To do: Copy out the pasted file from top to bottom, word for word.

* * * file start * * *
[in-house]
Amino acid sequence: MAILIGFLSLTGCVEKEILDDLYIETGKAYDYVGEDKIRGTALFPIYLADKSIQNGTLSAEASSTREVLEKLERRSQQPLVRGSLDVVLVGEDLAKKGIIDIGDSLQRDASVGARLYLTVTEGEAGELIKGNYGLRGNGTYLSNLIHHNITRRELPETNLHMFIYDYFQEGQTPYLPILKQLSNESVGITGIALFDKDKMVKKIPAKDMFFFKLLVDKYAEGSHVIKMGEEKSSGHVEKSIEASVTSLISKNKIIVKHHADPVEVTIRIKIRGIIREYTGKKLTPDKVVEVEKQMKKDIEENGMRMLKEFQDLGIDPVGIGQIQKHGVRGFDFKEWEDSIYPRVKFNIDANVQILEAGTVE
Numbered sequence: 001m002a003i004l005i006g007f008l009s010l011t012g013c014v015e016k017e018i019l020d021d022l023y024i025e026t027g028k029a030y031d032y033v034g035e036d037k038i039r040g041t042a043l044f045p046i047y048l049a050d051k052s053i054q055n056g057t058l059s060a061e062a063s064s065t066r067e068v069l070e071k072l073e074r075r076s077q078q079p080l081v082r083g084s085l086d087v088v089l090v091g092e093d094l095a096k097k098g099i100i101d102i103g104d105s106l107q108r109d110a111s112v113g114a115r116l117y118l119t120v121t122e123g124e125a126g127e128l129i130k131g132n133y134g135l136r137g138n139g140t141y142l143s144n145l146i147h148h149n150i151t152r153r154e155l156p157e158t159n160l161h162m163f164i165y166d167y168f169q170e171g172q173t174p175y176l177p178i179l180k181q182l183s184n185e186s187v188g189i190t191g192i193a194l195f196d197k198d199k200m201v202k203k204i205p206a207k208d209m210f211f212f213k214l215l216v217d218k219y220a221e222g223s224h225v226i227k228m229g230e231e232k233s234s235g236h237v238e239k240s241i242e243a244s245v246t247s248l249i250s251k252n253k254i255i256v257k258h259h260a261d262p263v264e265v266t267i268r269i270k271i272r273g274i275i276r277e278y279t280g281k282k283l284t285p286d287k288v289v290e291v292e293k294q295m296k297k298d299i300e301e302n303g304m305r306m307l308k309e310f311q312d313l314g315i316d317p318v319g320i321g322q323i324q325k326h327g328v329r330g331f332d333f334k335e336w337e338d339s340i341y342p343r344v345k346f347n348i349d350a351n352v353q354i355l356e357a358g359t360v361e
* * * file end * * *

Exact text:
[in-house]
Amino acid sequence: MAILIGFLSLTGCVEKEILDDLYIETGKAYDYVGEDKIRGTALFPIYLADKSIQNGTLSAEASSTREVLEKLERRSQQPLVRGSLDVVLVGEDLAKKGIIDIGDSLQRDASVGARLYLTVTEGEAGELIKGNYGLRGNGTYLSNLIHHNITRRELPETNLHMFIYDYFQEGQTPYLPILKQLSNESVGITGIALFDKDKMVKKIPAKDMFFFKLLVDKYAEGSHVIKMGEEKSSGHVEKSIEASVTSLISKNKIIVKHHADPVEVTIRIKIRGIIREYTGKKLTPDKVVEVEKQMKKDIEENGMRMLKEFQDLGIDPVGIGQIQKHGVRGFDFKEWEDSIYPRVKFNIDANVQILEAGTVE
Numbered sequence: 001m002a003i004l005i006g007f008l009s010l011t012g013c014v015e016k017e018i019l020d021d022l023y024i025e026t027g028k029a030y031d032y033v034g035e036d037k038i039r040g041t042a043l044f045p046i047y048l049a050d051k052s053i054q055n056g057t058l059s060a061e062a063s064s065t066r067e068v069l070e071k072l073e074r075r076s077q078q079p080l081v082r083g084s085l086d087v088v089l090v091g092e093d094l095a096k097k098g099i100i101d102i103g104d105s106l107q108r109d110a111s112v113g114a115r116l117y118l119t120v121t122e123g124e125a126g127e128l129i130k131g132n133y134g135l136r137g138n139g140t141y142l143s144n145l146i147h148h149n150i151t152r153r154e155l156p157e158t159n160l161h162m163f164i165y166d167y168f169q170e171g172q173t174p175y176l177p178i179l180k181q182l183s184n185e186s187v188g189i190t191g192i193a194l195f196d197k198d199k200m201v202k203k204i205p206a207k208d209m210f211f212f213k214l215l216v217d218k219y220a221e222g223s224h225v226i227k228m229g230e231e232k233s234s235g236h237v238e239k240s241i242e243a244s245v246t247s248l249i250s251k252n253k254i255i256v257k258h259h260a261d262p263v264e265v266t267i268r269i270k271i272r273g274i275i276r277e278y279t280g281k282k283l284t285p286d287k288v289v290e291v292e293k294q295m296k297k298d299i300e301e302n303g304m305r306m307l308k309e310f311q312d313l314g315i316d317p318v319g320i321g322q323i324q325k326h327g328v329r330g331f332d333f334k335e336w337e338d339s340i341y342p343r344v345k346f347n348i349d350a351n352v353q354i355l356e357a358g359t360v361e